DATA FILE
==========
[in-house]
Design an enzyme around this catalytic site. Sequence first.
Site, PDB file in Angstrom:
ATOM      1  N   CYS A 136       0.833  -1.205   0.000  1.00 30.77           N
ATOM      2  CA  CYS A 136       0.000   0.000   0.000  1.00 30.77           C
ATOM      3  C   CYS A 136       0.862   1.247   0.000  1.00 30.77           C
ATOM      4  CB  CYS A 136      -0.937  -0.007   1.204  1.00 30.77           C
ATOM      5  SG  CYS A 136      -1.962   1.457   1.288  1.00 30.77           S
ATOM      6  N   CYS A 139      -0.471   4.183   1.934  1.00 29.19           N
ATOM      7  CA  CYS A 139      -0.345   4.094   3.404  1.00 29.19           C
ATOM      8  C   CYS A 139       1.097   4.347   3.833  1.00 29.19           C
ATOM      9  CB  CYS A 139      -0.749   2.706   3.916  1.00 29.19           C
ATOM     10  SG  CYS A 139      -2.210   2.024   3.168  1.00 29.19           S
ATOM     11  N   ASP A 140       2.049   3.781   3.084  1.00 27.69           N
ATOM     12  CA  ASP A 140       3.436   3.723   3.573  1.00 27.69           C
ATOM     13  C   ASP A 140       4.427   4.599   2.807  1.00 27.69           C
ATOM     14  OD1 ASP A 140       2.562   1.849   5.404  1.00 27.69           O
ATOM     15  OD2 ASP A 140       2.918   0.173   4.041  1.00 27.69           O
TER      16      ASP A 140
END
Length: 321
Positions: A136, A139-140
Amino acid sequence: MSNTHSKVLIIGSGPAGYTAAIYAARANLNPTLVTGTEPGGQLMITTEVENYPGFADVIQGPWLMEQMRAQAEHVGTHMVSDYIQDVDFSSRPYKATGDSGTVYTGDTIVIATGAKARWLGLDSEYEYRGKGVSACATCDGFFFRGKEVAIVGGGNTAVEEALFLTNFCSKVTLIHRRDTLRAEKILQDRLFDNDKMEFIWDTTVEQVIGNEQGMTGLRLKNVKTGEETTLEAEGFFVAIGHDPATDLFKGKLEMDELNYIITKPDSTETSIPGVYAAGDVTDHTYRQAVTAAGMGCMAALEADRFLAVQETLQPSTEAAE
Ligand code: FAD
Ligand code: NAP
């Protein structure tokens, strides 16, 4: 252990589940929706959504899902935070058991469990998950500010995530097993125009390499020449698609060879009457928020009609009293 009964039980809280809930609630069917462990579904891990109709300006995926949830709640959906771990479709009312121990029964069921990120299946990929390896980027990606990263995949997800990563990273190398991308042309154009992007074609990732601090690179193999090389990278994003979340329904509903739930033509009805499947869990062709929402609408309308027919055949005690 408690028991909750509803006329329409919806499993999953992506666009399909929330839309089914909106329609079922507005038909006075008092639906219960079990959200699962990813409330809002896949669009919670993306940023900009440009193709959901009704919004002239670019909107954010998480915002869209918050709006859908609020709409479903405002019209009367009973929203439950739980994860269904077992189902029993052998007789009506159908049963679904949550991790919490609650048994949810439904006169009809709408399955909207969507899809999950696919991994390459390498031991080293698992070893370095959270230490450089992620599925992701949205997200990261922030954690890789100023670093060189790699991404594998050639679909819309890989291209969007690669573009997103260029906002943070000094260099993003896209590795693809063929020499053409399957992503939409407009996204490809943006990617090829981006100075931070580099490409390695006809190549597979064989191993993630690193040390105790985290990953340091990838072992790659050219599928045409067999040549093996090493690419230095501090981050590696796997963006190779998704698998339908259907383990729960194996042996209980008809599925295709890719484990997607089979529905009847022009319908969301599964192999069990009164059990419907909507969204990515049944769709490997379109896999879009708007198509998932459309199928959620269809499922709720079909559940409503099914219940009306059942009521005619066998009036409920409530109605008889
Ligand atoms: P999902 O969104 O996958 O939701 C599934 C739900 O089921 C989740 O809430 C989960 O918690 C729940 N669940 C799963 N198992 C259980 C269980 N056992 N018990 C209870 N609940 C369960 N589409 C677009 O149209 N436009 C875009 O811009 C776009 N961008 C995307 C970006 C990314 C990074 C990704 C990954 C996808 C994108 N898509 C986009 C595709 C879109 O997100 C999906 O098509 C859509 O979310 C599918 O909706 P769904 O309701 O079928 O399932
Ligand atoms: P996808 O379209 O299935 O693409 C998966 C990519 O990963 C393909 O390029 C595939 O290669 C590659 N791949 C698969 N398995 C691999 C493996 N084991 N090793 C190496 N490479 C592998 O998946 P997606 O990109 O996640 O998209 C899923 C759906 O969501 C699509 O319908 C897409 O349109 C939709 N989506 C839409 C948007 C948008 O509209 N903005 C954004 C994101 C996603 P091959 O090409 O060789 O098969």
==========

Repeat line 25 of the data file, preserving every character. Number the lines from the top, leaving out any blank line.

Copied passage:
Ligand code: NAP